Re: Amerind an offensive term (was: Early Amerind assimilation
Thu, 01 Aug 1996 03:00:03 -0400

In article <4tnd0f$>, Beth Williams) wrote:

>I think that you do a disservice to both the Irish and Native Americans
>by attempting to lump their experiences together. This thread,
>however, is about an appropriate non-offensive term for the indigenous
>people of the Western Hemisphere.

I feel that an appropriate name for the pre-contact populations of the
Americas (North/Central/South) is First Nations, Obviously the term
[N,n]ative American is simply too ambiguous and politically charged to be
of real use. In a perfect world we would use Tribal names to designate
whom we are talking about, conversley, Europeans should be addresed by
their cultural affiliations (for instance I am a Celt not an AgloSaxon or
a Gaul, Jute, Dane or simply 'white' please have more respect for my
heredity) I'm sure that Asians and Africans feel the same as I do, and
let us not forget our Yugoslavian friends who are busy killing each other
over these very principles.

>Being a *native* is not about the place of one's birth, but of whose
>womb one descends from (with the exception of legitimate adoption by

So then it isn't about whose womb you come from. Let's use another
example let us say, for instance, that a young Anglo American soldier
stationed in Okinawa has a tryst with a young Japanese lass just before he
is shipped home. She has a child and the child is raised as a Japanese,
ergo he is Japanese and not American. What if the situation were
reversed, would the child born in America ever be considerred a Japanese
child, I think not. Is the child both is it neither? Neither womb nor
location are important, what is is the prevalent culturre in which the
child is raised. Though I am only first generation Canadian I will never
be able claim that I am Welsh (my ancestry) I neither speak the language
nor know the history, I am CelticCanadian at best. Had I been adopted by
Japanese parents and raised in Japan I would be Japanese.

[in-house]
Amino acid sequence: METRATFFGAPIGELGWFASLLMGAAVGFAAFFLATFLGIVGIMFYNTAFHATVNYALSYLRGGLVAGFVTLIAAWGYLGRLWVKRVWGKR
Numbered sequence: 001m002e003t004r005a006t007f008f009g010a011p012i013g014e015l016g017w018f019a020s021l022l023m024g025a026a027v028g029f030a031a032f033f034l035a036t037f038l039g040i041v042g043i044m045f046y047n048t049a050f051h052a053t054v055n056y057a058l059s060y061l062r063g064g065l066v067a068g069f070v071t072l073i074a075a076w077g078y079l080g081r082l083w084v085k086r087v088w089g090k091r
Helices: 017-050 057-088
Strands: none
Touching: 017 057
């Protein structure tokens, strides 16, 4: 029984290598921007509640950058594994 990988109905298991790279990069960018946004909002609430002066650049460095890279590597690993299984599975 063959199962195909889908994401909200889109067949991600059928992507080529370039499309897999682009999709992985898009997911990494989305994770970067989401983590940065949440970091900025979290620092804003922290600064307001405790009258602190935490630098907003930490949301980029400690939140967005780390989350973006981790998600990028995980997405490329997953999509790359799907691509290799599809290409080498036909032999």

>It takes only one generation for a non-native to produce a
>native -- but first one needs to find a native mate.

What special qualities do First Nations People posses that enables them to
transform the child of a mixed marriage into a native instantly. Does
this child have equal claims to non-native heredity? Does this mean that
the child is at once both Native and non-Native? I beleive that you views
of culture and heredity are a little na€ve and oversimplified.

My experiences in the North among the Inuit suggest that culture is a
practice and not ascribed status. During the recent politiking of Nunavut
(Inuit self government) people were encouraged to declare their status,
which had been redundant untill then. A friend of mine had been
encouraged by many of the Elders to apply for native status, he fufilled
all the requirements, he spoke Inuktitut, knew the history, and lived in
the North since birth, he declined since he felt that it was
innappropriate for him to apply, you see he was Anglo. It mattered little
to the Inuit Elders what his ethnic heritage was, to them he was Inuit,
more so than others who had more legitimate claims than he.

>As long as there are legitimate indigenous (native) peoples in a
>region, invaders/immigrants will never ascend to that position -- it
>only can occur when the original group becomes *extinct*... Hence, the
>motivation behind the *policy of extermination* which has dominated
>white relations with American Indians since 1639.

Sort of like the Inuit did to the original inhabitants of the North the
Thule, or the Mohawk did to the Huron of Southern Ontario. Don't get high
and mighty on us, I will grant you that in the past systematic destruction
did occur, and that today relations aren't very good. But punishing us
today for the acts of our forebearers is simply counterproductive and
wrong. A policy based on guilt is a rotten one and doomed to failure.
>MB Williams (Penobscot/Kennebec/Maliseet)
>Dept. of Anthro., UMass-Amherst

In conclusion I think you ought to rethink your criteria for what
constitutes "native" and what does not, reducing it down to 'womb' ignores
more complex issues, such as popular prception and enculturation.
Secondly your comment about progeny of mixed marriages displays a
fundamental flaw in you conception of 'culture' which needs considerable
rethinking. And finally your good/bad, us/them, native/non-native
dichotomy ignores similar practices by native populations in the Americas
prior to contact essentialising the current condition. Also, you should
attempt to demystify your own history focus less on punishing people, and
insted work on helping others and yourself learn from history in order to
prevent it reccurance. We should build on honesty, mutual understanding
and forgiveness.

Toby Cockcroft (Celt/Canadian)
M.A. Anthropology, University of Western Ontario